Don’t be a poseur. I once asked an indie pro-wrestler friend why he didn’t do conventions. He told me, “I don’t want to pretend to be something I am not.” You should do the same. Even if you read a lot of industry sites and the Jablonski behind the counter at your brick-and-mortar shop gives you logical-sounding opinions, you are not an insider. You are either a retailer or a fan online, and you need to stick to that role. The artist is doing you a favor by taking the time to talk to you, not the other way around. It’s the height of arrogance to think that you are any better than anyone else and post insults or passive aggressive jokes.

Women in the industry aren’t looking for a hook-up. …So don’t be a creep. ‘Nuff said.

With Great Power. Some actors use stage names and writers use pen names. If you accidentally stumble upon a comic creator or performer’s personal account, move on. These profiles generally don’t have as many followers and don’t show that they follow as many people back as their “professional” accounts. They are regular human beings entitled to the same privacy as you are. Leave them alone and don’t be pushy.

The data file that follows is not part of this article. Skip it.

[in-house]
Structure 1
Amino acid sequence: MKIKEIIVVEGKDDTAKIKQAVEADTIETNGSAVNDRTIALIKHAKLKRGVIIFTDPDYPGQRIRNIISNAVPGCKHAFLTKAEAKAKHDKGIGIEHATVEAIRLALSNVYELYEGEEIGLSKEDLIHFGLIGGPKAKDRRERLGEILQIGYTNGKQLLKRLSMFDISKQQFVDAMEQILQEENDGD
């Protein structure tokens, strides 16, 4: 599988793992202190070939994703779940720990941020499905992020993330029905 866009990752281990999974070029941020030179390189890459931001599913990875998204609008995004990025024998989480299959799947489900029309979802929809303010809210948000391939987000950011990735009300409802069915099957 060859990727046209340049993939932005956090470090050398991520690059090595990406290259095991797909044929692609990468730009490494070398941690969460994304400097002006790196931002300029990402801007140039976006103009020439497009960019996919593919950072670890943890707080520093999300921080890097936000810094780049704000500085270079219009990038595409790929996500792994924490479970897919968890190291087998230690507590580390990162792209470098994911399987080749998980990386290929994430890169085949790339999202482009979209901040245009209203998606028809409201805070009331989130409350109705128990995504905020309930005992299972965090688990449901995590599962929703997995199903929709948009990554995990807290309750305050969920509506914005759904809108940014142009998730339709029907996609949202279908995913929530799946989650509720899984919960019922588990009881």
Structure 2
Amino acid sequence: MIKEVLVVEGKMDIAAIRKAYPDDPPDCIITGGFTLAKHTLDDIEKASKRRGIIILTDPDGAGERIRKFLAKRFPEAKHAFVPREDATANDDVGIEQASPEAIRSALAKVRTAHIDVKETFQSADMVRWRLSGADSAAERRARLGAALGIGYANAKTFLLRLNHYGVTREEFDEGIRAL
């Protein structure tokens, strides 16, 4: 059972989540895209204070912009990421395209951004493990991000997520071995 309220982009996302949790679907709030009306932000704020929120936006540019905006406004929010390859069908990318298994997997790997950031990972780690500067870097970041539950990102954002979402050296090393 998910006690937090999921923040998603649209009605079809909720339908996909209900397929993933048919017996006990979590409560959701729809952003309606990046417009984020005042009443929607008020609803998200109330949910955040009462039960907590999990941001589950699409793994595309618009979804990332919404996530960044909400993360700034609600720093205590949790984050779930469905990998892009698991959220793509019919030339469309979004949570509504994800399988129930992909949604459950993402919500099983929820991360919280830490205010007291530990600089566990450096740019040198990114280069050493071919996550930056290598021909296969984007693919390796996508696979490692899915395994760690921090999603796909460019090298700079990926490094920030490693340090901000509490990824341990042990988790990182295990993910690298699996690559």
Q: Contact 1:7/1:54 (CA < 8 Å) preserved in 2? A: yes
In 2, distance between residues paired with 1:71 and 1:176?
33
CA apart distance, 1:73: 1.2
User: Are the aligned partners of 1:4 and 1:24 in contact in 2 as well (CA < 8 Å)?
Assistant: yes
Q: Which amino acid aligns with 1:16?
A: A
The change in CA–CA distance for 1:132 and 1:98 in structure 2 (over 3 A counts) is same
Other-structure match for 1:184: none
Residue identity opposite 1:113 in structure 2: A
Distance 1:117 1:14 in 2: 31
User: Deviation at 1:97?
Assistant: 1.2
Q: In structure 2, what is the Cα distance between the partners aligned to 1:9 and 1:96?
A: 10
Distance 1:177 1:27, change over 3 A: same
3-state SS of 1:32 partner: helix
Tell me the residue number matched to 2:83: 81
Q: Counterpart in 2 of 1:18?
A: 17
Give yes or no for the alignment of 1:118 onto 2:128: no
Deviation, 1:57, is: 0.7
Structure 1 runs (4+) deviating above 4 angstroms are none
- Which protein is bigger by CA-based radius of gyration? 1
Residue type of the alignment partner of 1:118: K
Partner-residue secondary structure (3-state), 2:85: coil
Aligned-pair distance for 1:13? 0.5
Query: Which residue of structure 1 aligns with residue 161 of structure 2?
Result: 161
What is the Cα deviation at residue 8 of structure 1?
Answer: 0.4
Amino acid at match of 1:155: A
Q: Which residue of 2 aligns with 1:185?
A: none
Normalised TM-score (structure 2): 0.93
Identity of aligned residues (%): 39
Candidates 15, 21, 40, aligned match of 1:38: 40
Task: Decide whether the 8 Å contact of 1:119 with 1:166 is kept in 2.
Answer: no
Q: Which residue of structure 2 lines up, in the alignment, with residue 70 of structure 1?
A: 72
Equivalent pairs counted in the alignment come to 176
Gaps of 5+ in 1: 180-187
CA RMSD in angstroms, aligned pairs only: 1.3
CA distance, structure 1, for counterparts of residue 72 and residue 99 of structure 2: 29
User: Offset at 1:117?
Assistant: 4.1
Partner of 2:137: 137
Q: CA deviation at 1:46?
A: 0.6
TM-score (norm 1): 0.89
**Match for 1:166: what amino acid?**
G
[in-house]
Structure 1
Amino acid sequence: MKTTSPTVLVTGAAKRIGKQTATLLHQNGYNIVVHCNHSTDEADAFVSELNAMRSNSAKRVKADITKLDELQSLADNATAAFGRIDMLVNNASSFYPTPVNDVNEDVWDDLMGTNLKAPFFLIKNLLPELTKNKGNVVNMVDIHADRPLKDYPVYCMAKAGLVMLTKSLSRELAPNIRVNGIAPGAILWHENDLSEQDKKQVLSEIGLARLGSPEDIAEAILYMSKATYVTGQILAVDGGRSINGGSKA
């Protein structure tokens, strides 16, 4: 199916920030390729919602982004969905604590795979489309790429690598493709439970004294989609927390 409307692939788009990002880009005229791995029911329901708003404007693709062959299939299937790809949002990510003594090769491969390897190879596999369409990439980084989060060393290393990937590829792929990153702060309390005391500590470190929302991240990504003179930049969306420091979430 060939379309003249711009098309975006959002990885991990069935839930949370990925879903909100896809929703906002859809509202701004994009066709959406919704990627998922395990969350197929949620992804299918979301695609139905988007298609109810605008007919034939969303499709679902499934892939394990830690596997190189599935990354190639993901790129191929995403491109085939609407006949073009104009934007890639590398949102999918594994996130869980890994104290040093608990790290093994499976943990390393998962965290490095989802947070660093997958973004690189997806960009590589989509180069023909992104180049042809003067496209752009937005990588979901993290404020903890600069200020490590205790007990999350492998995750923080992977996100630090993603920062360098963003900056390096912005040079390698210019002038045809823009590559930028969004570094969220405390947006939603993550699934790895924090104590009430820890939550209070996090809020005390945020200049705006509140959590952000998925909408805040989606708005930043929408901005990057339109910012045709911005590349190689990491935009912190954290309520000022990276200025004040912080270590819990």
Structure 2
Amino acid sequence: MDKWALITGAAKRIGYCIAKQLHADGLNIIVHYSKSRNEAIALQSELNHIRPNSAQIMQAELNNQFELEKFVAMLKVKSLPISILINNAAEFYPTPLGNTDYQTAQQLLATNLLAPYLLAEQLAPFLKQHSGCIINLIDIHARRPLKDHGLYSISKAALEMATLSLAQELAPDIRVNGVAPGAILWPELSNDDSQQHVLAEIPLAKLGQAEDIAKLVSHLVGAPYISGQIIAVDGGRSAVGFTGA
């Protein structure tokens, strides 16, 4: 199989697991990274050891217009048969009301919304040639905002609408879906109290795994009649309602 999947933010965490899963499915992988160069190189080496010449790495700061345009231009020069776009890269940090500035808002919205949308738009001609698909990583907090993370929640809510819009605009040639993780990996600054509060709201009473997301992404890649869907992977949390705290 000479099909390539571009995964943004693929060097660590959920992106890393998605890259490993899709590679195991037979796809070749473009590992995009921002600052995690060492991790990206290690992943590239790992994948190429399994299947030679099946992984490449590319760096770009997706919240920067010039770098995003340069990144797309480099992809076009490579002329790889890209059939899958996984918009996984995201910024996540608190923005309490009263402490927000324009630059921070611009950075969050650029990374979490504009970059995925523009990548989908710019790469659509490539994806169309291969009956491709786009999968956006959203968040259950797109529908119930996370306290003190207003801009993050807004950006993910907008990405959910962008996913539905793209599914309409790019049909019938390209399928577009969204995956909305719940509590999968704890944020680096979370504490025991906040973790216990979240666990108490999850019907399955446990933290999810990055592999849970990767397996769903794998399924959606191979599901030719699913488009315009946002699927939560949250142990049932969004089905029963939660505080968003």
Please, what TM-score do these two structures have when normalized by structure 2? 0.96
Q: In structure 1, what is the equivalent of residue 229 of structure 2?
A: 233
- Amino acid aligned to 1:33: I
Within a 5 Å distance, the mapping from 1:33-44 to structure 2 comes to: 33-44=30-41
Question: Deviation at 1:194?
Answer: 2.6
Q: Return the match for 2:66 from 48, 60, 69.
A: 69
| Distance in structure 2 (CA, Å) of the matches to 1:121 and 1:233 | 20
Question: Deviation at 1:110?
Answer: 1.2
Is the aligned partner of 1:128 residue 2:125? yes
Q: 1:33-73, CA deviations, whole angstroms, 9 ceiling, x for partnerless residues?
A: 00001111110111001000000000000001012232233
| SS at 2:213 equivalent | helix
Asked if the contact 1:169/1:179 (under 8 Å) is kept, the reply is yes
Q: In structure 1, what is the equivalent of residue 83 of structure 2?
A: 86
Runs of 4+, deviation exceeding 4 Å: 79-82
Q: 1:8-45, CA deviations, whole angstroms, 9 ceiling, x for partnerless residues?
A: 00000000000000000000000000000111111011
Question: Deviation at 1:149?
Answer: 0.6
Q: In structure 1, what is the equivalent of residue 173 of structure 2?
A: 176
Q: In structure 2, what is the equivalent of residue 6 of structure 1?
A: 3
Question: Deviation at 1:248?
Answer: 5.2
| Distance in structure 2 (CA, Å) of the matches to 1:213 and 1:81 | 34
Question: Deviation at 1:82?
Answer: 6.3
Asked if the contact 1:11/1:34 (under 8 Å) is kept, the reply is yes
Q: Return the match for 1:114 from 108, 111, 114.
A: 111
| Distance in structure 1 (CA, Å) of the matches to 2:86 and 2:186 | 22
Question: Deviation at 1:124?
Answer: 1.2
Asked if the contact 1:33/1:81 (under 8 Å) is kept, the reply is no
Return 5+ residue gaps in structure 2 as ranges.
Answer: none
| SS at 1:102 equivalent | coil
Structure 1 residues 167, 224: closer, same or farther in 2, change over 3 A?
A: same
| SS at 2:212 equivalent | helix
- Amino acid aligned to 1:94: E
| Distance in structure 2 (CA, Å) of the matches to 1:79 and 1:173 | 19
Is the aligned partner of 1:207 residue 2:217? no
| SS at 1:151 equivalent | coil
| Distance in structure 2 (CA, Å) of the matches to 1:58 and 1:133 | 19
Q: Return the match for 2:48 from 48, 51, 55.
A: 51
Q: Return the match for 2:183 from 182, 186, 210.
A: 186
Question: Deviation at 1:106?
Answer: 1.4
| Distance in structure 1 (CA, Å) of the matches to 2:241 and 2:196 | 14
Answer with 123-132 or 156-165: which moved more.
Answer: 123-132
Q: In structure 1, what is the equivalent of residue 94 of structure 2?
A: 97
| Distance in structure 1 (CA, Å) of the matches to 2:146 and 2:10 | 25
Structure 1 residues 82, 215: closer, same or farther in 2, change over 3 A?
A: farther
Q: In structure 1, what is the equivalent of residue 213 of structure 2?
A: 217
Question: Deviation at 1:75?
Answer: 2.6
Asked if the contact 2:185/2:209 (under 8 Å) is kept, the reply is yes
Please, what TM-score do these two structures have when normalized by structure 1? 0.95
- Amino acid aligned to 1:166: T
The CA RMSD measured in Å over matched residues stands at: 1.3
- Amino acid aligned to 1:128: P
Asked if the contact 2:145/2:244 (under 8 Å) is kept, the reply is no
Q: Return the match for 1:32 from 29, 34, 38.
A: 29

Know Your Own Rhetoric. Here is a slapdash lesson in rhetoric for you: Logos are appeals to one’s logic, usually supported with precedent and evidence; Pathos are emotional appeals—“the feels”—and Ethos are appeals to the listener’s sense of right and wrong. These three are not interchangeable, though it feels like an appalling number of Internet users are guilty of trying to make them thus. In so doing, they transform into gooey, green Internet trolls who are nowhere near as fun to be around as Shrek.